Caught in the Claws of UK Cat Culture: How This American Learned to Live With Non-Declawed Cats

Nails of gray cat.
Nails of gray cat.

The United States and the United Kingdom are bound together by history, language, and strategic interests, but there is one area where the two countries radically diverge: cats.

Walk through any British village and you'll see cats playing outside as if they were American dogs. And the British dogs are mostly inside as if they were American cats.

Walk through any American town -- or rather, drive, because that's the American way -- and you won't see any cats. There are tens of millions of cats in the States, but they all live indoors, as Nature intended.

My wife and I are Americans living in England and we recently went through the process of rehoming two kittens. Both of us have spent many years in the U.S. with happy, indoor, declawed cats. The idea of keeping outdoor cats with claws sounded clawful, er, awful.

But as respectful ex-patriots we decided to try to adapt to the strange cat-keeping customs of the British people.

The first cat shelter we visited refused to let us adopt one of their cats because we expressed a preference for keeping them indoors. Are you kitten me?! I thought cats liked to be clean, warm, and safe. Upwards of 90 percent of British cats are allowed outside, because apparently they deserve the freedom to get dirty, get fleas, and get run over by a car.

We were told that it's much safer to let cats outside in England because there are no American predators like wolves, cougars, and various other menacing New World beasts. But 1 in 4 British cats is killed by a car. I find it odd that Brits accept those odds.

Indoor cats live longer, healthier lives. And a key ingredient of America's proud tradition of indoor cat-keeping is declawing. Yes, we routinely amputate the distal phalanges of our cats' front paws, thus permanently removing their ability to harm furniture and humans.

When we told the staff of the British cat shelter that we had declawed our cats in the States they cringed in horror as if we had just praised Hitler or pledged support for ISIS.

In the States things appear to be trending in an anti-declawing direction, but the practice is still fairly common. In 2014 the American Veterinary Medical Foundation updated its declawing policy with language that is more circumspect about the procedure and encouraging of alternatives, whilst maintaining that "declawing should remain an option of last resort for veterinarians and pet owners."

A late 2010 survey found that 59 percent of American pet owners believe declawing is acceptable and 32 percent of cat owners have declawed their feline friends.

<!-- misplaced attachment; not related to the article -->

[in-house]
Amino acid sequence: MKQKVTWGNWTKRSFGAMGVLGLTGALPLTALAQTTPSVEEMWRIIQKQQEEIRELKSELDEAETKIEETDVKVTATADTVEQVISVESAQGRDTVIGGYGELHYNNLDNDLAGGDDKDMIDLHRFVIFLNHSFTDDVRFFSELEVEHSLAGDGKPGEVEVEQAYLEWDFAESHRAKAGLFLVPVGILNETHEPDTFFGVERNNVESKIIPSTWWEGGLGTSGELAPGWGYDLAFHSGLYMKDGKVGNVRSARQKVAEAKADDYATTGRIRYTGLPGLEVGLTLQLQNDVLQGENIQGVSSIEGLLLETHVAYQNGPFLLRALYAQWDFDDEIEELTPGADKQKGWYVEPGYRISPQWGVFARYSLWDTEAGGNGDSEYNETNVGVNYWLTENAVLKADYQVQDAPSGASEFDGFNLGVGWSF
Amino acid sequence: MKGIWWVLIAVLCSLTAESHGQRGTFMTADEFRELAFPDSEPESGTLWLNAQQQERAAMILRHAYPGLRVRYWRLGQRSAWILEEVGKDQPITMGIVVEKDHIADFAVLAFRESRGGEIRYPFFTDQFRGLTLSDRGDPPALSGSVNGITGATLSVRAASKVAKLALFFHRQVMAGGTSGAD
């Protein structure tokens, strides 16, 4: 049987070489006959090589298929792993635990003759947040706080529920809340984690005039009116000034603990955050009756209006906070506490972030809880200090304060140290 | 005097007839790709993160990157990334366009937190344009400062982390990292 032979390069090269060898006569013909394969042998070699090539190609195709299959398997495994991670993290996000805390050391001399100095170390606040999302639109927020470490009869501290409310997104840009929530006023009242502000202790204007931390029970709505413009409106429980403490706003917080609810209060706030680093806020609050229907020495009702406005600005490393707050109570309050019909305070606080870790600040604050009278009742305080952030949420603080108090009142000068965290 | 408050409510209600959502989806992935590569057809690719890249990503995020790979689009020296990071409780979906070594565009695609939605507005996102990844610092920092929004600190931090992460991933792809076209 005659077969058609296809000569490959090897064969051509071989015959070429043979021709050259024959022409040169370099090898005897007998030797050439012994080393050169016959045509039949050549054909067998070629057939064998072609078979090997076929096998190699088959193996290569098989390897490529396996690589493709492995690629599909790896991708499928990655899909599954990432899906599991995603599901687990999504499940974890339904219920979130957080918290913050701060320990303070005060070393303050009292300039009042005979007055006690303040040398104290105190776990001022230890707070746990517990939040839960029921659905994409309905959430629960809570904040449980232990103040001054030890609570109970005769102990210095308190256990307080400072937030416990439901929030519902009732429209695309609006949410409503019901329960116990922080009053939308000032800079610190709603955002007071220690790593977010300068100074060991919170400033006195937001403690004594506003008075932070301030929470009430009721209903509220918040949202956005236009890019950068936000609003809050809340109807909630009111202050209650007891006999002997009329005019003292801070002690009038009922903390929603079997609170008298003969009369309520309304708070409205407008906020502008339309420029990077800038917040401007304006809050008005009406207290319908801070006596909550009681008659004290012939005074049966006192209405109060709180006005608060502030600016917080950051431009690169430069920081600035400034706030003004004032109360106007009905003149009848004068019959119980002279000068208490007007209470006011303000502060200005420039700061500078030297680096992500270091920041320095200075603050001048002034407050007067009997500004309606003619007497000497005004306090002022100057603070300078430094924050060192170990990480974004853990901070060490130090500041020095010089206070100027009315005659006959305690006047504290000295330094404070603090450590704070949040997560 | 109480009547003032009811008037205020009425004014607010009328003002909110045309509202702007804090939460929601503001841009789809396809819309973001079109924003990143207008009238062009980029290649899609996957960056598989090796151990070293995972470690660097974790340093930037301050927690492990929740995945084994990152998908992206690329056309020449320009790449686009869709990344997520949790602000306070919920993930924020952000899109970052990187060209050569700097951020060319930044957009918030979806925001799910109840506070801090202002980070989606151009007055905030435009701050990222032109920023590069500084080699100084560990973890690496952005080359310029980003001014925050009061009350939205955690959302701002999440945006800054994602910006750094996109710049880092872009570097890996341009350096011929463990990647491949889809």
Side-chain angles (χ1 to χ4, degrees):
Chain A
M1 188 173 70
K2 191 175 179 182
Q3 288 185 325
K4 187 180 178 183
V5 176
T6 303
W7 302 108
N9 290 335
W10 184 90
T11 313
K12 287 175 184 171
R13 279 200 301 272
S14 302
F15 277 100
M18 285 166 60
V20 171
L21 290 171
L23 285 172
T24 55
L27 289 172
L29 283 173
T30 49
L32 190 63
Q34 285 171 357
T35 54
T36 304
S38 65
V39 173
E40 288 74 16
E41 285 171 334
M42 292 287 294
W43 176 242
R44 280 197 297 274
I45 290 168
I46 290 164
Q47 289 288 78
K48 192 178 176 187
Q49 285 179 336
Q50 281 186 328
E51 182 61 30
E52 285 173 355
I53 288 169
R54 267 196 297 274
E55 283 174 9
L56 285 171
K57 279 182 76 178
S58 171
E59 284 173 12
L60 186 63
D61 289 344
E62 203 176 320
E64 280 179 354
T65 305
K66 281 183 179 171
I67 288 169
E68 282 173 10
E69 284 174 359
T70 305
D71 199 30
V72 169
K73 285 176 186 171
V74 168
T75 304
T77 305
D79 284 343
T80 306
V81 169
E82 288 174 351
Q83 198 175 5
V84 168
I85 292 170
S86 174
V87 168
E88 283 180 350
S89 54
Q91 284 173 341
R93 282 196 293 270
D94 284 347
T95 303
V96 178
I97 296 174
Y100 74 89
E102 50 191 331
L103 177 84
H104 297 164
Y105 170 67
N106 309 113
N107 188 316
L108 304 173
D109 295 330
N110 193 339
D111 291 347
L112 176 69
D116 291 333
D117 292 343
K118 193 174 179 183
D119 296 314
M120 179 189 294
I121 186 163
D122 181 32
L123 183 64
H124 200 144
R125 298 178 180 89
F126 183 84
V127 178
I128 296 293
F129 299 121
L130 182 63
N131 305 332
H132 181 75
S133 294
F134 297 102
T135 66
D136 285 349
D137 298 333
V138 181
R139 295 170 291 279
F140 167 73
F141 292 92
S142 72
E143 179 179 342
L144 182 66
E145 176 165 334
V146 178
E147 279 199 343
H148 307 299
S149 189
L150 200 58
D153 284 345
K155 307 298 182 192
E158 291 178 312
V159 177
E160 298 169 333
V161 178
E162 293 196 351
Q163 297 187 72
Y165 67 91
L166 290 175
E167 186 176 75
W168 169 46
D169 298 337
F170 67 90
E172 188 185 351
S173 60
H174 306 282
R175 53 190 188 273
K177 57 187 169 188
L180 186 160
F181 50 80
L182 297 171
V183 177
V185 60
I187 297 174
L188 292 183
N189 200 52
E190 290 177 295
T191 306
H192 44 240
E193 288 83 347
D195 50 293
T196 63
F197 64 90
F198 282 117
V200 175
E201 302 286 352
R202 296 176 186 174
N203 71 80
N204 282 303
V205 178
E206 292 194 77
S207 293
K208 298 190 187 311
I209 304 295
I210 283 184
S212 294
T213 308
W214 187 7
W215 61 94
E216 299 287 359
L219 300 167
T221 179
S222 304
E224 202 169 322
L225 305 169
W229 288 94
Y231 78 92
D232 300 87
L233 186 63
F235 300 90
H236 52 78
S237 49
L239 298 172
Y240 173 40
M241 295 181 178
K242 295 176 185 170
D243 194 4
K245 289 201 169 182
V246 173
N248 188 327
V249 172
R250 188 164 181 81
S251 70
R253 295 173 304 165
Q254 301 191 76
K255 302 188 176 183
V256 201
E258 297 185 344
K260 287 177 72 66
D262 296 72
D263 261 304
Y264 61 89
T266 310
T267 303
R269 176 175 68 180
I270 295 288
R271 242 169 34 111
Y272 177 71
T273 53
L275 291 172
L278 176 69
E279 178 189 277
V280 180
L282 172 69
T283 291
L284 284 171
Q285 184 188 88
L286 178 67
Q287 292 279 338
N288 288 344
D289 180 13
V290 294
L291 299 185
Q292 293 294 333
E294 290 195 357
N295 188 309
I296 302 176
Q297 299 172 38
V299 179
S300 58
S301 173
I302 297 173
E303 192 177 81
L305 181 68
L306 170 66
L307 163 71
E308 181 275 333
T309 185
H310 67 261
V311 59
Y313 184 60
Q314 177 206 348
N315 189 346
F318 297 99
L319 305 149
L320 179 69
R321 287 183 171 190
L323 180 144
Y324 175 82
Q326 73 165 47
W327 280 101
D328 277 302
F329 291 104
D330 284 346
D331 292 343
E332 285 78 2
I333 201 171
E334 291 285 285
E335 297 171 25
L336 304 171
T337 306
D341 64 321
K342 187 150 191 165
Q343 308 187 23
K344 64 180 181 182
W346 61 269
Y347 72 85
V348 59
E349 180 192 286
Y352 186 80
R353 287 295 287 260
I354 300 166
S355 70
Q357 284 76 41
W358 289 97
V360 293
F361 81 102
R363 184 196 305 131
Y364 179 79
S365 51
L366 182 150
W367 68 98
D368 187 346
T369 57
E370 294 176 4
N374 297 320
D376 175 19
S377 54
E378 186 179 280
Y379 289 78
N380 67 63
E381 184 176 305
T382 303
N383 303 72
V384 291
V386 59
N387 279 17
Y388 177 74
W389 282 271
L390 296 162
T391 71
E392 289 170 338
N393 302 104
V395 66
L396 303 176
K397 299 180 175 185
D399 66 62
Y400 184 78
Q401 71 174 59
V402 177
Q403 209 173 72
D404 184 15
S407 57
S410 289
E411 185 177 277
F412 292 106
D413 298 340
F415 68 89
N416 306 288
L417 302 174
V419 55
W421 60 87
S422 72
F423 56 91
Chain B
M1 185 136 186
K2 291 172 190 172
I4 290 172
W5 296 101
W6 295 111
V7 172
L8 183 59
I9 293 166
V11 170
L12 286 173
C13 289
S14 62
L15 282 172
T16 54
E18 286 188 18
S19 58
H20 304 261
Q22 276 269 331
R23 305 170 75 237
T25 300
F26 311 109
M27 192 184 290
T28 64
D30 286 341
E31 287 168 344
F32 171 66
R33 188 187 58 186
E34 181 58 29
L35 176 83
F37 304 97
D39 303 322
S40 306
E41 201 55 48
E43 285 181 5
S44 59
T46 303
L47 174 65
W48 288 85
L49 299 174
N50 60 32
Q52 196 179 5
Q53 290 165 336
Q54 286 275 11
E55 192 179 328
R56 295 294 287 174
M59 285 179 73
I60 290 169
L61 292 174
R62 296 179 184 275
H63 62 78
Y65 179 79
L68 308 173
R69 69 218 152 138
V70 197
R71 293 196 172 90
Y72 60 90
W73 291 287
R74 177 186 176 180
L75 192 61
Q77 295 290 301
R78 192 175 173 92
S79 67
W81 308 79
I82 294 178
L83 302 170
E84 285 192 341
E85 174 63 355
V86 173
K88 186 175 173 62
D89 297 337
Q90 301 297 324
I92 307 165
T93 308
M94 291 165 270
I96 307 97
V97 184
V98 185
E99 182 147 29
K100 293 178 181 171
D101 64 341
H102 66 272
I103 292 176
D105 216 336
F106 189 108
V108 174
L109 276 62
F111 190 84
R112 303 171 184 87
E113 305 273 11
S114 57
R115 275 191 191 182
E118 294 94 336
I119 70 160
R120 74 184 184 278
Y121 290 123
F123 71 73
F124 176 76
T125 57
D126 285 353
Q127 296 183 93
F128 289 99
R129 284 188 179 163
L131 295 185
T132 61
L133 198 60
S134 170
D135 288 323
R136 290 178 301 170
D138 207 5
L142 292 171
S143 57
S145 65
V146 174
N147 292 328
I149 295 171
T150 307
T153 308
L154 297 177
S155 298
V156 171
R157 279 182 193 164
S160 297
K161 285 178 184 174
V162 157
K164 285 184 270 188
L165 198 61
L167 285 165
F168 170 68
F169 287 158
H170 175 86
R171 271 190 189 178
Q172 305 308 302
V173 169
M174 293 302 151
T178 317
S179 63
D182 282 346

It seems we Americans regard declawing a bit like we regard using military force -- as a theoretical last resort that we resort to a lot in practice.

The same survey found that only 18 percent would support outlawing declawing. A full 60 percent said they would oppose such a ban, with 36 percent indicating they would "strongly oppose" it.

In the UK, by contrast, declawing was banned by the Animal Welfare Act of 2006. Under the Act, anyone convicted of declawing in the UK could face up to a year in prison and/or £20,000 fine. Across continental Europe the practice is verboten by the European Convention for the Protection of Pet Animals.

Realizing there was no legal way for me to have my cat and declaw it too, and feeling increasingly uneasy with the practice, I logged on to YouTube to watch multiple how-to videos about trimming cat claws. It looked fairly easy, especially if you start trimming when they are kittens.

We proceeded to visit another cat shelter, one that thankfully didn't ask about our indoor vs. outdoor preference. We adopted two wonderfully affectionate kittens, brothers who had been found abandoned together. Despite their rough start, they are downright American in their friendliness and positive outlook on life!

We've found that trimming their claws is quick, simple, and actually kind of fun. We bought them a scratching post, which they love, and they haven't once tried to scratch any furniture or humans. Our sofas and our skin remain unscathed.

Even if the cats do try to scratch, their blunted claws won't be able to cause any damage. The only thing they have damaged is my American confidence in the goodness and necessity of declawing.

I used to cling to declawing as just another quirky aspect of American exceptionalism. But I now see that it may not be an exceptionally good idea.

However, we are retaining our American custom of keeping the cats in the house, away from the dirt and fleas and cars. We are raising Anglo-American cats, keeping their claws and keeping them indoors. So far that seems to be a purrfect fusion.